Rites of passage
The observation of rites of passage during transitions through life's various stages is universal in traditional cultures. The ceremonies and rituals are many and varied, but they all acknowledge that life is sacred and that times of change need the grace of a higher power to smooth the way. This deep social wisdom is being replaced in spiritually impoverished societies by expensive counselling sessions and seminars on change management. By contrast, traditional systems were community based and steeped in cultural expression. Swami Satyananda puts it in terms everyone can understand, "When somebody dies one must sing and dance, because one is responsible for the atmosphere all around." Prayer, chanting, song, dance, gathering, symbolism, worship, celebration, giving, feasting and fasting are all used to mark times of transition.
In Samsara, the Indian rituals surrounding dying and death are described. Their role for both the living and the departed is explained. Swami Niranjanananda tells us, "Thirteen days after the death, the ritual of shraaddha is performed. Shraaddha means the showing of gratitude to the departed person in order to help his spirit overcome the attachments of family and desire."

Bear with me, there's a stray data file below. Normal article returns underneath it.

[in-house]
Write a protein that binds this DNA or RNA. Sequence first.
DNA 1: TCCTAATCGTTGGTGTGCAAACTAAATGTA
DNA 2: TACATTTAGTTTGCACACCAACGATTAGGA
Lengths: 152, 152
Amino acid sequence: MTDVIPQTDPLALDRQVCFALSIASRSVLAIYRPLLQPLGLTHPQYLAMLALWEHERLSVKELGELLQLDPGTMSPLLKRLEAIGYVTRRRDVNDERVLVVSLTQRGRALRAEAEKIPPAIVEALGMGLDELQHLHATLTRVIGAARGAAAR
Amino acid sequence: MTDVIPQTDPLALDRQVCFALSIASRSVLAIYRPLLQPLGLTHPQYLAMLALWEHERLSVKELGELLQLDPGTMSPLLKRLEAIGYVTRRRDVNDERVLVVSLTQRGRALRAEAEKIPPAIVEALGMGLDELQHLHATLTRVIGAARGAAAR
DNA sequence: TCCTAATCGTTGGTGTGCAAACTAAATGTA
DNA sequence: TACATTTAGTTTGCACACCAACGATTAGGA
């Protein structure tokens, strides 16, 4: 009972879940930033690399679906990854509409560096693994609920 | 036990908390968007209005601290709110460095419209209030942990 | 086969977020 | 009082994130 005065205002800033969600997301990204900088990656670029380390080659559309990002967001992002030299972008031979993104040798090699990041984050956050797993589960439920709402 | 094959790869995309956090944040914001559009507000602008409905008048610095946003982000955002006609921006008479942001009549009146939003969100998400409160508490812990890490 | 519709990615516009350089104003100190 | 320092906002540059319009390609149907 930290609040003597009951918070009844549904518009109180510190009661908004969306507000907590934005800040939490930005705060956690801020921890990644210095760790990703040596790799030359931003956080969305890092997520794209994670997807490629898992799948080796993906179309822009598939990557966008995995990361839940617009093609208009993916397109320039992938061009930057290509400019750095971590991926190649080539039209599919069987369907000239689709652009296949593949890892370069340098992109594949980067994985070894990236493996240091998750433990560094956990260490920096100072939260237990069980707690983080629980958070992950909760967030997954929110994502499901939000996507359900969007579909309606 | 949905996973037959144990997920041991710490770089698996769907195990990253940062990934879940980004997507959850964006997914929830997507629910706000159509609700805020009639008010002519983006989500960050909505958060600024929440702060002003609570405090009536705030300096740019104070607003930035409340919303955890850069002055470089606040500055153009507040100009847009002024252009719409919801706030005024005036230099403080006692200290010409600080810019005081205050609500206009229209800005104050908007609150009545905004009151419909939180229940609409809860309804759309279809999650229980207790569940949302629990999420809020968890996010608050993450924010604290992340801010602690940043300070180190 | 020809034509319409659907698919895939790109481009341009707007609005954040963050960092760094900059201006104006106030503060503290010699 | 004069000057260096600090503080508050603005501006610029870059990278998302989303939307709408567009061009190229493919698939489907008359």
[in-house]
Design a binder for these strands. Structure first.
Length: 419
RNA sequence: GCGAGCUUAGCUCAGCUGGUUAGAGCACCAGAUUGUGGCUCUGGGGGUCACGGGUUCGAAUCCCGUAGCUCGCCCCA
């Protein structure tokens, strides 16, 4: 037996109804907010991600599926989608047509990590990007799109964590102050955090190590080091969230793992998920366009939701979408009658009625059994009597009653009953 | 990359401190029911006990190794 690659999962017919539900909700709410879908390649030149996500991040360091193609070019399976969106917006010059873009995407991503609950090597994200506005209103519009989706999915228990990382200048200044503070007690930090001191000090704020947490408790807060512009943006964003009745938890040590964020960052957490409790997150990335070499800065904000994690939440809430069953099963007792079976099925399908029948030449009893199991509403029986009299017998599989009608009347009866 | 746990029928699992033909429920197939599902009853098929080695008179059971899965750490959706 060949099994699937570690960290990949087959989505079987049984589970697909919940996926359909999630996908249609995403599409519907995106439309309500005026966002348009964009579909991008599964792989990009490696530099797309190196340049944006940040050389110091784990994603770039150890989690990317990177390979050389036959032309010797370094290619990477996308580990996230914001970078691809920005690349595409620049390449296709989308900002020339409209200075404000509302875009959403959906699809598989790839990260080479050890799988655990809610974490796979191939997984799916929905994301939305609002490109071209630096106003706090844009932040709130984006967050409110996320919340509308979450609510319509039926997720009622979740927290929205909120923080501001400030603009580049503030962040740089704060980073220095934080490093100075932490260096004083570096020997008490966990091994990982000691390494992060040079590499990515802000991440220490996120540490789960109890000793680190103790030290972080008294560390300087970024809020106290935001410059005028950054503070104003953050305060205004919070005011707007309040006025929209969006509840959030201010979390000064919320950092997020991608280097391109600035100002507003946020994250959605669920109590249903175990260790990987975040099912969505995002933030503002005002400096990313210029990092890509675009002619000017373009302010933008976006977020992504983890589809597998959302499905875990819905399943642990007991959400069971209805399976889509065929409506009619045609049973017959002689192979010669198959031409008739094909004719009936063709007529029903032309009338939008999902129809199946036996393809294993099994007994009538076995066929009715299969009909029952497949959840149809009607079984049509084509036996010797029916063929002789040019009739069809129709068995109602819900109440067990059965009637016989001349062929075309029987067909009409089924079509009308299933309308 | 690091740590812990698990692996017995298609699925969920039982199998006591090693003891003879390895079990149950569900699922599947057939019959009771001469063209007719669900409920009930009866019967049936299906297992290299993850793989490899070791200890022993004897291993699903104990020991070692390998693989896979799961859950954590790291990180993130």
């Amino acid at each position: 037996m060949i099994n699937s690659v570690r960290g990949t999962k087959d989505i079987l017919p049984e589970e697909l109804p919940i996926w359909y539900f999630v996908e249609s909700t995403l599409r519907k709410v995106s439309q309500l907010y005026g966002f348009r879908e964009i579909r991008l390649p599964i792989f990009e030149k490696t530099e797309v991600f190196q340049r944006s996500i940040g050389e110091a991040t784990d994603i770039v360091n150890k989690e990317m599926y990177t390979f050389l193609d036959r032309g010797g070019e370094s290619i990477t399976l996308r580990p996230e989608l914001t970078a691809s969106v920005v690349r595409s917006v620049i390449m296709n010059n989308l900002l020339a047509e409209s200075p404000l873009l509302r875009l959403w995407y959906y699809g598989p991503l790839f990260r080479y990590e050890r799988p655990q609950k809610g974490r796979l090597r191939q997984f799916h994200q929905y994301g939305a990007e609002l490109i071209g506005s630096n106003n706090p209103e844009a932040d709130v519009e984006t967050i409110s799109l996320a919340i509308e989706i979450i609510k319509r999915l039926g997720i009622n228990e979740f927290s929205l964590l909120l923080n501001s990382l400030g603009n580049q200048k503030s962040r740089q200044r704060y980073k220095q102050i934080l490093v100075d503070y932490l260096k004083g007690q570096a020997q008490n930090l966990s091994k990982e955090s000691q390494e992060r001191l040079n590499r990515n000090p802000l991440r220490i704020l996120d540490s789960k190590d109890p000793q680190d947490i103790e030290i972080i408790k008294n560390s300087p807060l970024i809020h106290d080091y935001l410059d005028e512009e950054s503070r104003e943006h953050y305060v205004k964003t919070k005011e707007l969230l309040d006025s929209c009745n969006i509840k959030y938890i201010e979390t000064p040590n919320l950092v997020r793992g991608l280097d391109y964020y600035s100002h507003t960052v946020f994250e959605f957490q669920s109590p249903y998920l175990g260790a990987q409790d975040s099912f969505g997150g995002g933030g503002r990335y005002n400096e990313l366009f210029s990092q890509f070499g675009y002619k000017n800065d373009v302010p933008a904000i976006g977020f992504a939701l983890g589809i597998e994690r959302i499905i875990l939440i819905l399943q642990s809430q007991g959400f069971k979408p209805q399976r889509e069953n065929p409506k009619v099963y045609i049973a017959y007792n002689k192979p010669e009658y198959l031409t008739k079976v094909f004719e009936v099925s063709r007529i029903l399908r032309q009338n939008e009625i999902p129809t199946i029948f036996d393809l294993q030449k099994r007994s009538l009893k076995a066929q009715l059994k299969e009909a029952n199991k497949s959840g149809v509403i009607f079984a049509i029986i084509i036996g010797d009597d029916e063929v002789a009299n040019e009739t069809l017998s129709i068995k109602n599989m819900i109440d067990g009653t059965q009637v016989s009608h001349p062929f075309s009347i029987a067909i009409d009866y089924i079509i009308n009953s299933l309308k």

Belief in the continuity of the spirit is inherent in all such rituals. If the spirit continues, where does it dwell? What about heaven and hell? Are there other dimensions of existence? According to the yogic culture, there are other planes of existence, known as lokas. Remarkable detail about these lokas, and about the stages the spirit goes through on its journey towards eventual liberation from the cycle of birth and death is revealed in Samsara. According to Swami Satyananda, "Life is continuous and eternal; death is only a full stop before the next sentence."
The scriptures are an essential source on these fields of knowledge which are beyond mundane knowing. Bhagavad Gila, Manusmriti, Ramayana, Yoga Vasishtha and others summon the voice of the ancients into the twenty-first century, reminding us that a continuum of wisdom is part of the human heritage, regardless of time and place. The Ramayana (Ayodhyakanda, 23: 16) speaks directly about fate and effort: